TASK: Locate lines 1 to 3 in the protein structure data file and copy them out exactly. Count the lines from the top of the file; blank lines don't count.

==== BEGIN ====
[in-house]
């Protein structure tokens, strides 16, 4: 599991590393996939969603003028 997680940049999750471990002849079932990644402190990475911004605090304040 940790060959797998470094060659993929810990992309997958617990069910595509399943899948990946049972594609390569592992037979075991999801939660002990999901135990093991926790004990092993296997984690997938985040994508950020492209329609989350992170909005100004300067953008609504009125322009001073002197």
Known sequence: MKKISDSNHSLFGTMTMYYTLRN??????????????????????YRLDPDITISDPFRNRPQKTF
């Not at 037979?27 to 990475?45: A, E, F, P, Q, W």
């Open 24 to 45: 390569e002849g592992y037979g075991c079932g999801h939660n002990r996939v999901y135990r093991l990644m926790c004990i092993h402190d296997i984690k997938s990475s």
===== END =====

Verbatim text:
[in-house]
């Protein structure tokens, strides 16, 4: 599991590393996939969603003028 997680940049999750471990002849079932990644402190990475911004605090304040 940790060959797998470094060659993929810990992309997958617990069910595509399943899948990946049972594609390569592992037979075991999801939660002990999901135990093991926790004990092993296997984690997938985040994508950020492209329609989350992170909005100004300067953008609504009125322009001073002197």
Known sequence: MKKISDSNHSLFGTMTMYYTLRN??????????????????????YRLDPDITISDPFRNRPQKTF